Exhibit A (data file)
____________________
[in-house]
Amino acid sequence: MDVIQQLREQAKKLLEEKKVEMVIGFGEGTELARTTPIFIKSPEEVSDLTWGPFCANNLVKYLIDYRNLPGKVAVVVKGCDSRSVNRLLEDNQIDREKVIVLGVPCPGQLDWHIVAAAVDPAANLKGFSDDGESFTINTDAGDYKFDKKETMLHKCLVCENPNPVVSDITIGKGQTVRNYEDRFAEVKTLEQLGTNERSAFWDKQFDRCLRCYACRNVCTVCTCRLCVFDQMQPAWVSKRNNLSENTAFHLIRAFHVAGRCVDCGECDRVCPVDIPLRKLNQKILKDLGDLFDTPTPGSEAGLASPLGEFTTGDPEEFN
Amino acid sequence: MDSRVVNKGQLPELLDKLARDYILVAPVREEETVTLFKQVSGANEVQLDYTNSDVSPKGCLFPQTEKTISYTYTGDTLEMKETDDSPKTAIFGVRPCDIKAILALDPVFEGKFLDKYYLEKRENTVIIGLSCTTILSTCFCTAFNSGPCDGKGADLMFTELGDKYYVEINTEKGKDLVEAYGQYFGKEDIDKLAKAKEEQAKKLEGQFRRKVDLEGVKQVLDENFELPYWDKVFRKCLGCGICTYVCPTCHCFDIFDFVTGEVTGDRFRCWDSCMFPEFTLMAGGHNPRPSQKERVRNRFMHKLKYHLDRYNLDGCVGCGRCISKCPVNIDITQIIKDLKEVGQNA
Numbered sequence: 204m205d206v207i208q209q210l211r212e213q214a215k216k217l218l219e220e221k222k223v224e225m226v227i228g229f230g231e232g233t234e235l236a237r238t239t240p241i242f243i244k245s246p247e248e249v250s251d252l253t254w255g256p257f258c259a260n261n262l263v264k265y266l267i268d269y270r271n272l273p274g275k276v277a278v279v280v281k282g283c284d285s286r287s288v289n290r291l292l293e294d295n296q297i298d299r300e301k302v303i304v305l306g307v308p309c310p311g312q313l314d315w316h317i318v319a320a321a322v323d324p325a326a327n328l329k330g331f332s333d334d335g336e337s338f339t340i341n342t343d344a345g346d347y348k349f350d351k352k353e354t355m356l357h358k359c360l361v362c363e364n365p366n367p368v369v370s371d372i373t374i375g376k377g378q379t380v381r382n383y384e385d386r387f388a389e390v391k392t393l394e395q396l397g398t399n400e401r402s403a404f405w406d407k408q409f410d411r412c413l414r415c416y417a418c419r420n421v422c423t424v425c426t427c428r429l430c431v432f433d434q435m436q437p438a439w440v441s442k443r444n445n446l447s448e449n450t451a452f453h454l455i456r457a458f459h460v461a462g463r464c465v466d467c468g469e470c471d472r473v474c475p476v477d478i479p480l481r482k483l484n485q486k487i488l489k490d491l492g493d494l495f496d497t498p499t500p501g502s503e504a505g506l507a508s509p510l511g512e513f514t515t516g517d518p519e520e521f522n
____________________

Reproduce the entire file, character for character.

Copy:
[in-house]
Amino acid sequence: MDVIQQLREQAKKLLEEKKVEMVIGFGEGTELARTTPIFIKSPEEVSDLTWGPFCANNLVKYLIDYRNLPGKVAVVVKGCDSRSVNRLLEDNQIDREKVIVLGVPCPGQLDWHIVAAAVDPAANLKGFSDDGESFTINTDAGDYKFDKKETMLHKCLVCENPNPVVSDITIGKGQTVRNYEDRFAEVKTLEQLGTNERSAFWDKQFDRCLRCYACRNVCTVCTCRLCVFDQMQPAWVSKRNNLSENTAFHLIRAFHVAGRCVDCGECDRVCPVDIPLRKLNQKILKDLGDLFDTPTPGSEAGLASPLGEFTTGDPEEFN
Amino acid sequence: MDSRVVNKGQLPELLDKLARDYILVAPVREEETVTLFKQVSGANEVQLDYTNSDVSPKGCLFPQTEKTISYTYTGDTLEMKETDDSPKTAIFGVRPCDIKAILALDPVFEGKFLDKYYLEKRENTVIIGLSCTTILSTCFCTAFNSGPCDGKGADLMFTELGDKYYVEINTEKGKDLVEAYGQYFGKEDIDKLAKAKEEQAKKLEGQFRRKVDLEGVKQVLDENFELPYWDKVFRKCLGCGICTYVCPTCHCFDIFDFVTGEVTGDRFRCWDSCMFPEFTLMAGGHNPRPSQKERVRNRFMHKLKYHLDRYNLDGCVGCGRCISKCPVNIDITQIIKDLKEVGQNA
Numbered sequence: 204m205d206v207i208q209q210l211r212e213q214a215k216k217l218l219e220e221k222k223v224e225m226v227i228g229f230g231e232g233t234e235l236a237r238t239t240p241i242f243i244k245s246p247e248e249v250s251d252l253t254w255g256p257f258c259a260n261n262l263v264k265y266l267i268d269y270r271n272l273p274g275k276v277a278v279v280v281k282g283c284d285s286r287s288v289n290r291l292l293e294d295n296q297i298d299r300e301k302v303i304v305l306g307v308p309c310p311g312q313l314d315w316h317i318v319a320a321a322v323d324p325a326a327n328l329k330g331f332s333d334d335g336e337s338f339t340i341n342t343d344a345g346d347y348k349f350d351k352k353e354t355m356l357h358k359c360l361v362c363e364n365p366n367p368v369v370s371d372i373t374i375g376k377g378q379t380v381r382n383y384e385d386r387f388a389e390v391k392t393l394e395q396l397g398t399n400e401r402s403a404f405w406d407k408q409f410d411r412c413l414r415c416y417a418c419r420n421v422c423t424v425c426t427c428r429l430c431v432f433d434q435m436q437p438a439w440v441s442k443r444n445n446l447s448e449n450t451a452f453h454l455i456r457a458f459h460v461a462g463r464c465v466d467c468g469e470c471d472r473v474c475p476v477d478i479p480l481r482k483l484n485q486k487i488l489k490d491l492g493d494l495f496d497t498p499t500p501g502s503e504a505g506l507a508s509p510l511g512e513f514t515t516g517d518p519e520e521f522n